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Instrument Transformers

The instruments and relays associated with protective and control devices are usually connected in the secondary circuits of instrument-voltage and instrument-current transformers of a-c power circuits that operate at voltages in excess of a few hundred volts. Consider a 3-phase generator rated at 22000 v between terminals with an output of 100000 kva. The line-neutral voltage of such a generator is 22000 / = 12700 v and the rated line current is 100000000 / ( X 22000) = 2625 amp per phase. Obviously, it would be extremely impractical to apply such values of voltage and current directly to voltmeters, ammeters, wattmeters, relays, and other control devices. For that reason, use is made of instrument potential transformers, which step the voltage down to about 115 secondary v and instrument current transformers, which step the current down to a rated value of 5 amp or less. Potential transformers are usually connected line to neutral in 3-phase installations, although line-to-line connections are not uncommon. The secondaries of instrument-potential transformers and instrument-current transformers are grounded for reasons of safety. Grounding eliminates the hazard of raising the secondary winding to a high potential through capacitance coupling with the primary winding. In addition, as a matter of safety, the secondary circuit of a current transformer should never be opened while under load, because when the secondary is opened there are no secondary ampere turns opposing the primary ampere turns, and all of the primary current becomes exciting current, and this may induce a very high voltage in the secondary winding.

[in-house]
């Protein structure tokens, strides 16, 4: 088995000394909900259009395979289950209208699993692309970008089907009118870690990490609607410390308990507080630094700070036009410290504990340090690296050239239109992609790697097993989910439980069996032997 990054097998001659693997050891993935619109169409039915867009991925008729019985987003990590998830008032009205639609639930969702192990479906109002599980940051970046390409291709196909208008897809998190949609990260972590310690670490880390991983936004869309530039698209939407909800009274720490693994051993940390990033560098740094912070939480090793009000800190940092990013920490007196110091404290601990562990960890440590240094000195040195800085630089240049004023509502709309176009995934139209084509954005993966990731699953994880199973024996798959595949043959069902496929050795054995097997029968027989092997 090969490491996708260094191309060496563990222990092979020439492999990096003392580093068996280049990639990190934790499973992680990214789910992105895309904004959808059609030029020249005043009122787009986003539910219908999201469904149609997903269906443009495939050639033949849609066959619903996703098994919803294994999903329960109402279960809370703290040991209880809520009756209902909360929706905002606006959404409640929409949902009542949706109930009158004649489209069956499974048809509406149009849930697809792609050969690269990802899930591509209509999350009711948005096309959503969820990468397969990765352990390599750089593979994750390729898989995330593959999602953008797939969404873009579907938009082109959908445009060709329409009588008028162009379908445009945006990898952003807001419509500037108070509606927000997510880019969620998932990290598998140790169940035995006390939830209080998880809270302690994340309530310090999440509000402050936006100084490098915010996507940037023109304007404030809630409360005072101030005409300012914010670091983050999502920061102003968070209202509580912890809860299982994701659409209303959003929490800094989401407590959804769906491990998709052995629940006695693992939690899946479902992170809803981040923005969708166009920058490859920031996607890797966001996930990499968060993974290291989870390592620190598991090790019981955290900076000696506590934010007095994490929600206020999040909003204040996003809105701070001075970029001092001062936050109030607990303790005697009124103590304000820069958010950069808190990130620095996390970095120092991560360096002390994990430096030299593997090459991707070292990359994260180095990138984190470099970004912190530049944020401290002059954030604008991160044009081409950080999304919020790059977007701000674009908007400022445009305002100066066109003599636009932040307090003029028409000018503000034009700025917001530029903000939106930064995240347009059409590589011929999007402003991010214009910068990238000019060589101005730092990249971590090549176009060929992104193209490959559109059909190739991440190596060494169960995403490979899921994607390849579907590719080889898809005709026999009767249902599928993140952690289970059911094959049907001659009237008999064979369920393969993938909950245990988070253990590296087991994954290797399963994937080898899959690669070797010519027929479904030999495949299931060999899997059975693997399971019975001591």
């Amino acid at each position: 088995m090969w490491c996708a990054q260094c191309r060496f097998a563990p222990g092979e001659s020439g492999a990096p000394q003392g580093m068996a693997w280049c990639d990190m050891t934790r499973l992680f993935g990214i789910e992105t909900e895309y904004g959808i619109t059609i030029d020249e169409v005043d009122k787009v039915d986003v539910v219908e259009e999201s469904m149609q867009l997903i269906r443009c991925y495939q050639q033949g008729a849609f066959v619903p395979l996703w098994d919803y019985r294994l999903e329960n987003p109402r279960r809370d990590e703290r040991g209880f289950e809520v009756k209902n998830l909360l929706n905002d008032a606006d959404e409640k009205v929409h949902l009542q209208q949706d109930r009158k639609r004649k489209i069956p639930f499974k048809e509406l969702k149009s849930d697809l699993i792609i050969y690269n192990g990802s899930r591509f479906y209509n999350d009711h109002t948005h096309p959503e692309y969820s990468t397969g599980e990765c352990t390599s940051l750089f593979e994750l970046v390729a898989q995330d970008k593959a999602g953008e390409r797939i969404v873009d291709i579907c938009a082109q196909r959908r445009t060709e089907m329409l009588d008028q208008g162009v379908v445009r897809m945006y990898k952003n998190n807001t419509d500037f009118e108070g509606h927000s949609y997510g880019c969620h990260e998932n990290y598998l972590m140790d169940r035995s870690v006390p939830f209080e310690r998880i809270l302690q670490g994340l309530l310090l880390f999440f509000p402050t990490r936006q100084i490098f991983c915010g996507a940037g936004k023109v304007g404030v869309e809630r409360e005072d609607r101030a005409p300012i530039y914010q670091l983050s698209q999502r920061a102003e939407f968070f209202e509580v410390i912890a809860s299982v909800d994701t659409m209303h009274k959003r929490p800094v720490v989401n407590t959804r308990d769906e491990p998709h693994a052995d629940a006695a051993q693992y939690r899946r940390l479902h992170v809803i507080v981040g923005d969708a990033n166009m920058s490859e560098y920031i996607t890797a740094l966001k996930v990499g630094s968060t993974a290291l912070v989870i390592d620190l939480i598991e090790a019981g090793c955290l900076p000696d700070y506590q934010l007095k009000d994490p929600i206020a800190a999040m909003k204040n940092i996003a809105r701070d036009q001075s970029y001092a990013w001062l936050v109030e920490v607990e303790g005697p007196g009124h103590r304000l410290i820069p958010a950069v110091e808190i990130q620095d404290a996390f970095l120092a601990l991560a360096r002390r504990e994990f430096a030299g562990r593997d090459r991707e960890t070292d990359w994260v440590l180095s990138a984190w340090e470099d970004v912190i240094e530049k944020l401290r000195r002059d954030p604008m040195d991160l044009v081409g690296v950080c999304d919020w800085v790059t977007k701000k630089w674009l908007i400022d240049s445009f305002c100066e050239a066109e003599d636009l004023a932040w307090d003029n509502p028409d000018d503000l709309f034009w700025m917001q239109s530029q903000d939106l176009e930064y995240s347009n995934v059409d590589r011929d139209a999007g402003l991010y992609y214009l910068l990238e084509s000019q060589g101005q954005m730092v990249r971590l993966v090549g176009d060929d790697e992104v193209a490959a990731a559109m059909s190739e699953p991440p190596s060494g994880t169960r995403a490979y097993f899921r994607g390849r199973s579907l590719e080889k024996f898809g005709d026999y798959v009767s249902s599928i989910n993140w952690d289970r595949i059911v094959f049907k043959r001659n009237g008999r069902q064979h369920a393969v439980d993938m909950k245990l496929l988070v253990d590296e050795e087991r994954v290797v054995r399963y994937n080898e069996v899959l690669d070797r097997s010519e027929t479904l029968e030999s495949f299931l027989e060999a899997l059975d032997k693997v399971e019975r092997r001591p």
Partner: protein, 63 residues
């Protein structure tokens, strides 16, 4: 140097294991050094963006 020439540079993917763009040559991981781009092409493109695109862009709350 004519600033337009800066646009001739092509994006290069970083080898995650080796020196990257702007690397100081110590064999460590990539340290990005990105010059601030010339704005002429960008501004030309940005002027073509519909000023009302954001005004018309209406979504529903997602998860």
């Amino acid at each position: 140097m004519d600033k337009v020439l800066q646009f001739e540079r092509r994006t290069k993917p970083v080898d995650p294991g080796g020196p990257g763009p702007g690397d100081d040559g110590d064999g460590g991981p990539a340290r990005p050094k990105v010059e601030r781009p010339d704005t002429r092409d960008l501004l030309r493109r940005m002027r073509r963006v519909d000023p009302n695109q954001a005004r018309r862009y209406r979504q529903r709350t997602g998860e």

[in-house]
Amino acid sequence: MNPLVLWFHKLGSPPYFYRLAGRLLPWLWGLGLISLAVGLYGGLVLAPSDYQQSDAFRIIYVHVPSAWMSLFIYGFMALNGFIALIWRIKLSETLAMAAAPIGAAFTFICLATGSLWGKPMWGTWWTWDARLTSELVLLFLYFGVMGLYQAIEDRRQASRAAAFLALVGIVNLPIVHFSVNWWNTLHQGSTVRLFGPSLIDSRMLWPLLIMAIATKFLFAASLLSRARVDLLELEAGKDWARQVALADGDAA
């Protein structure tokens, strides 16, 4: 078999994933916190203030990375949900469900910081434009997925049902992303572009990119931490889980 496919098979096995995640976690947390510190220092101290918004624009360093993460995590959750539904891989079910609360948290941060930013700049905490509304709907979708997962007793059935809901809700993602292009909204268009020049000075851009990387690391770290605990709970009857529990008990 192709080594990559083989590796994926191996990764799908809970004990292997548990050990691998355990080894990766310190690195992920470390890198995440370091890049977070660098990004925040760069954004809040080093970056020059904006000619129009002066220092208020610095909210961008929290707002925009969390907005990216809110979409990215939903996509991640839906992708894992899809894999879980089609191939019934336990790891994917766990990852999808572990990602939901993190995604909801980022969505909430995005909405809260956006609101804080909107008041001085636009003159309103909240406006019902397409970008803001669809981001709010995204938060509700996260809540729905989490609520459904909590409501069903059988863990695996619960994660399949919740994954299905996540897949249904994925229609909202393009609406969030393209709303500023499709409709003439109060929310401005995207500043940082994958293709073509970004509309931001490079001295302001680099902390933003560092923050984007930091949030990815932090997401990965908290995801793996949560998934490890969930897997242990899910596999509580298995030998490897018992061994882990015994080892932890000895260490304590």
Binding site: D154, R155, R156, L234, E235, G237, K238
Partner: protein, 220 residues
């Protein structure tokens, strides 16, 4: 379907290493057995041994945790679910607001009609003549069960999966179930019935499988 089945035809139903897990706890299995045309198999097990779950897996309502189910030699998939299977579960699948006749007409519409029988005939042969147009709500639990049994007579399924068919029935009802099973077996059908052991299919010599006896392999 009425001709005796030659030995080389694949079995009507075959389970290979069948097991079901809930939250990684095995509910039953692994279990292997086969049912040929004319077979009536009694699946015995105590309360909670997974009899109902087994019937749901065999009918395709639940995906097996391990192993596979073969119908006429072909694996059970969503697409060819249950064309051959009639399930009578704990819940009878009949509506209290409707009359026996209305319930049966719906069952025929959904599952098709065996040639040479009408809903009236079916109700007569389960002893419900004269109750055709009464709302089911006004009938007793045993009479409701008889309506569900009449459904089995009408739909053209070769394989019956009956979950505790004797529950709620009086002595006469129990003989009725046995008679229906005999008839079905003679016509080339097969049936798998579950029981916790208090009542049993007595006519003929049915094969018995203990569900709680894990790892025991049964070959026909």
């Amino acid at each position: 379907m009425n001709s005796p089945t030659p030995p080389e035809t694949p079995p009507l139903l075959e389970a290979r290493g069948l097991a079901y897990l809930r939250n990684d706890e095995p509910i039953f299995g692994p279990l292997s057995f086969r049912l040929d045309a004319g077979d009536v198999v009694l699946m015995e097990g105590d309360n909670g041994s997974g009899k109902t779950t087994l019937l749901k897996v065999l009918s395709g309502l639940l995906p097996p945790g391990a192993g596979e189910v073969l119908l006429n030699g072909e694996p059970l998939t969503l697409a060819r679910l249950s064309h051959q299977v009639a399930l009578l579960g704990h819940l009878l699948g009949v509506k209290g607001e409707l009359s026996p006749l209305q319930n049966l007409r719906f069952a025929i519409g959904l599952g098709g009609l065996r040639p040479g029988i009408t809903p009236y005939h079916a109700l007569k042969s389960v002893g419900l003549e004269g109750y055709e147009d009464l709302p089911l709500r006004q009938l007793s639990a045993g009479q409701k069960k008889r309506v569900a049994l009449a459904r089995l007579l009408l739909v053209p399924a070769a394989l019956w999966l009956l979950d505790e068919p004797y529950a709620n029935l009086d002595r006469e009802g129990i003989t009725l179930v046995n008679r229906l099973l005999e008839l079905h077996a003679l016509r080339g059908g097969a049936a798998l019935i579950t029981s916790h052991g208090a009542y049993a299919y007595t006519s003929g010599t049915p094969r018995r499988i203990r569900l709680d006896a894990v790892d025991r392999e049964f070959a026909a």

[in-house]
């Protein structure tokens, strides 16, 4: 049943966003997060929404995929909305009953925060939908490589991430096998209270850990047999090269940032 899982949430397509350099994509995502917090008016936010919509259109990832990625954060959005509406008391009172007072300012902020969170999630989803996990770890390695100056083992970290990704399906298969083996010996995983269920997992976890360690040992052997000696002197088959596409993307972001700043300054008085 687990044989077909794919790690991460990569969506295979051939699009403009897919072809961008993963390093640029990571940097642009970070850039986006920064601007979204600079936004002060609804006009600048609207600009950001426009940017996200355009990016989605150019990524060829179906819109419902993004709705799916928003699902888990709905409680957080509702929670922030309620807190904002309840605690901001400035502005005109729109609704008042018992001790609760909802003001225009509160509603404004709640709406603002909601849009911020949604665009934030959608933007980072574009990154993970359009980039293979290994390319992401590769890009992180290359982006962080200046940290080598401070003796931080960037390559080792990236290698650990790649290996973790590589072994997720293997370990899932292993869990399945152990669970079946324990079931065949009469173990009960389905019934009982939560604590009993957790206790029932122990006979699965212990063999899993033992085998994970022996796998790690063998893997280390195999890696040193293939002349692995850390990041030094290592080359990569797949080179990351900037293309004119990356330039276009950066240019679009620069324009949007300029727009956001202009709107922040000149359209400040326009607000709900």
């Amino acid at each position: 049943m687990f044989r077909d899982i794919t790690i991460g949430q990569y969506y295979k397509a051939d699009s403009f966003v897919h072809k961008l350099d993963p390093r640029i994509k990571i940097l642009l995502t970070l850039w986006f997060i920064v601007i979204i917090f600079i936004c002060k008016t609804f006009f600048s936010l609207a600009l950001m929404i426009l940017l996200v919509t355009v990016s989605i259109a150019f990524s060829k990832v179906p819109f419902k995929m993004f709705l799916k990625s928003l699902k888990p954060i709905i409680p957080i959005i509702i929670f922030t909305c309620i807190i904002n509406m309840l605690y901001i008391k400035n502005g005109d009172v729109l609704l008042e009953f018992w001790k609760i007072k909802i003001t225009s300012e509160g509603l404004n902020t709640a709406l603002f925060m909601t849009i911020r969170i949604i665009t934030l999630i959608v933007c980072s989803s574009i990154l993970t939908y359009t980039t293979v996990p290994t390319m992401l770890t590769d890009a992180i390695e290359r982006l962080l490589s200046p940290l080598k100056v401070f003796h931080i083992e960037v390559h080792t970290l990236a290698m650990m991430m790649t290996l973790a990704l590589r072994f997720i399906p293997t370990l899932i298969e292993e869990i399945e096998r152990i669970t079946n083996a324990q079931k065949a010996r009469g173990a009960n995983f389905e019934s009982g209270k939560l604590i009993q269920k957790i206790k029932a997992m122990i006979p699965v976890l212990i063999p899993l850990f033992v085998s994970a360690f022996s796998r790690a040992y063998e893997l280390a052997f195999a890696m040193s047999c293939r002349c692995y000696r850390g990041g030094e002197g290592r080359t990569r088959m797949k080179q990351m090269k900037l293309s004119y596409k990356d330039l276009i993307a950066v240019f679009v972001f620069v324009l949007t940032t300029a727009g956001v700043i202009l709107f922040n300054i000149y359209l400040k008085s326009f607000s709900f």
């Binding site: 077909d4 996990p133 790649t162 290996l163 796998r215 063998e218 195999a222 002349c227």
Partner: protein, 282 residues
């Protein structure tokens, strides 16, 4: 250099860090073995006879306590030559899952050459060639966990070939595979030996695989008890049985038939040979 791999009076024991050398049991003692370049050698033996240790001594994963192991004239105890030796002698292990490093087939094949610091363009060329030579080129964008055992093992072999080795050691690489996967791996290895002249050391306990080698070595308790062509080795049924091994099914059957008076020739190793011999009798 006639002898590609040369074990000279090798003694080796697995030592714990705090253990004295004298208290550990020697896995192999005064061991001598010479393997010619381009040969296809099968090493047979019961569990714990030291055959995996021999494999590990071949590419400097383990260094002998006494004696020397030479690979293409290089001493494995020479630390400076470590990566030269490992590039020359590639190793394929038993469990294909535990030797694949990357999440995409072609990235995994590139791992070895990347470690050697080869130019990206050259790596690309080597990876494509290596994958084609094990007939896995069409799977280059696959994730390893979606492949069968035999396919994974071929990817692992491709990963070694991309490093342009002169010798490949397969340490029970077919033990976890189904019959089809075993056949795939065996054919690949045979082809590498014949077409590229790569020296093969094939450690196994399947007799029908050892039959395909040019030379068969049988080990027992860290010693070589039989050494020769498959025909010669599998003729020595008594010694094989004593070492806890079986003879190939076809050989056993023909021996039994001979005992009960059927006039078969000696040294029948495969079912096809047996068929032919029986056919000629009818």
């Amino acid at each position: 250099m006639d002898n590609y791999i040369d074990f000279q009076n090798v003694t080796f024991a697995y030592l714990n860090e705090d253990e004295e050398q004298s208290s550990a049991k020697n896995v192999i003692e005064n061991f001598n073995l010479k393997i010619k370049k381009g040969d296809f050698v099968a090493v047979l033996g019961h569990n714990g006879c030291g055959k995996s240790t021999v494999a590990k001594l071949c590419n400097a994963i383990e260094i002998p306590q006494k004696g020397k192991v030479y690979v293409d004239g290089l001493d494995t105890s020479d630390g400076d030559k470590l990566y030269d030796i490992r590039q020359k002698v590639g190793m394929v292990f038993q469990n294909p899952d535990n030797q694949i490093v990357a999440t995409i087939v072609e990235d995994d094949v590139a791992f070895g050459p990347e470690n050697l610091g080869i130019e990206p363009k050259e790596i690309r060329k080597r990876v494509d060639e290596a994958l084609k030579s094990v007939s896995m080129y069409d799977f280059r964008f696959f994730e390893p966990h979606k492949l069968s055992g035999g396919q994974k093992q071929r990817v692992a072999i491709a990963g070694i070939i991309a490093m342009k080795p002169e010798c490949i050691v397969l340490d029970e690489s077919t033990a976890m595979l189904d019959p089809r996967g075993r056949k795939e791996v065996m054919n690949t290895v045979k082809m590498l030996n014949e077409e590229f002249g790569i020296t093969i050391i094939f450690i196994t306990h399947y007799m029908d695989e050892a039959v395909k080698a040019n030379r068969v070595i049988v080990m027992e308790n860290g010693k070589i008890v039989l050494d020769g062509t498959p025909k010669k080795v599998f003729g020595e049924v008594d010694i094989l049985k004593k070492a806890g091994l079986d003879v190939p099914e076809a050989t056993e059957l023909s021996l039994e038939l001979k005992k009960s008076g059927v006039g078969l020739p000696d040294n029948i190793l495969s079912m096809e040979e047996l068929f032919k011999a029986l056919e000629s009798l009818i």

Last Update: 2011-01-05